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Civil Liberties and the 1981 Brink's Case: A 1991 `Downtown' Inquiry' (Part 1)

Reposted from http://bfeldman68.blogspot.com
Originally posted: July 9, 2007
by Bob Feldman

“If Justice travels for ten years, she will never find shelter in the castles of the powerful.” (an old Russian proverb)

On October 20, 1981, Kathy Boudin, Sam Brown, Judy Clark, and David Gilbert were arrested in Rockland County, New York, following a robbery of a Brink’s truck in Nanuet in which an armed guard was killed, and a shootout near the New York State Thruway entrance in Nyack which left two local policemen dead.

The following day, evidence began to emerge that the robbery was a politically-motivated expropriation involving New York City radicals who had been activists in the 1960s Civil Rights and antiwar movements.

In a 1991 telephone interview, Downtown asked Susan Tipograph, one of the attorneys for the people arrested on Oct. 20, 1981, whether their civil liberties were respected following their arrest.

“No. Their civil liberties were grossly violated. Some were beaten and tortured and were denied proper medical treatment. They were denied access to attorneys. They were denied access to family and friends. They were held in intolerable jail conditions. It was only through lawsuits that some access to family and friends was secured,” Tipograph recalled.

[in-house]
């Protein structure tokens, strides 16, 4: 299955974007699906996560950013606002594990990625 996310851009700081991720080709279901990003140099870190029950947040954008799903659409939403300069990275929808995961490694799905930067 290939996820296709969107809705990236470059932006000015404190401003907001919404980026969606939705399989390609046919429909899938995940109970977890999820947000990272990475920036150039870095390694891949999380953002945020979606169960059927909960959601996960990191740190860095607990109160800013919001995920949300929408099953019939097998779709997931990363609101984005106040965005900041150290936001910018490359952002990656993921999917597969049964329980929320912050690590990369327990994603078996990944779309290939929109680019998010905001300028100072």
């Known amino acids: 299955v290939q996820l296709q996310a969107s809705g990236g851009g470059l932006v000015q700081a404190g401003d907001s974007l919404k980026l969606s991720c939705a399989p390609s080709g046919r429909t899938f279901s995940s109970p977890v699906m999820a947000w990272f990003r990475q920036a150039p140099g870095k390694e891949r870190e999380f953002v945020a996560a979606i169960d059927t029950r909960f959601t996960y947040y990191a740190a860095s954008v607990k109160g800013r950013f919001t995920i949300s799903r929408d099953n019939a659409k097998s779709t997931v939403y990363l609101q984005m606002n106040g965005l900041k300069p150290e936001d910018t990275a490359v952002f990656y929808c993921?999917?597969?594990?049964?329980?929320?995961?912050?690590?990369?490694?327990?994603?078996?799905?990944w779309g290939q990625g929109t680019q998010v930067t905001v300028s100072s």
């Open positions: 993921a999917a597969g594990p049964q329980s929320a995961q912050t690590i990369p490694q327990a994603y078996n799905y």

At the Oct. 23, 1981 preliminary hearing in Nyack (from which the public was excluded), then-Rockland County District Attorney Kenneth Gribetz claimed Tipograph was “imagining things” when she charged that people arrested on Oct. 20th had been beaten. Outside the hearing room, Gribetz said “there were no beatings by Rockland County authorities.”

According to David Gilbert, however, there were beatings by Rockland County authorities of himself and Sam Brown:

“I think the arrest was around 4 or 5. And we were arraigned around midnight. And I think for about 5 hours, I guess, I was being beaten. And then they tried to make me talk. When that didn’t work, they took out a shotgun and jammed it into my neck and tried to make me talk.

“There was a call made for lawyers. But there were hours before lawyers either got to us or were allowed to see us.

“In Brown’s case, they broke two vertebrae in his neck during that beating. And he was in excruciating pain after that. And for 11 weeks he did not get proper medical care, until he agreed to be an informant for the F.B.I. This is a medically-documented atrocity that went on that the courts didn’t want to hear and the media didn’t want to talk about.”

The pro-Establishment former Rockland Journal-News reporter, John Castellucci, supports Tipograph and Gilbert’s contention that pretrial beatings took place. In his gossipy 1986 book, The Big Dance, Castellucci wrote that “the results of the beatings were documented in Brown’s medical records.”

Gilbert feels that whereas he was just beaten, the African-American defendant Brown was tortured. “I think it is a political distinction between beatings and threats on the one hand—which are brutal and can’t be justified—and torture on the other hand, which goes further. It’s a more scientific, intense infliction of pain. What happened with Brown—maybe not consciously that night, but when he was left with two broken vertebrae in his neck and then not given proper treatment—that’s a real form of torture,” Gilbert said.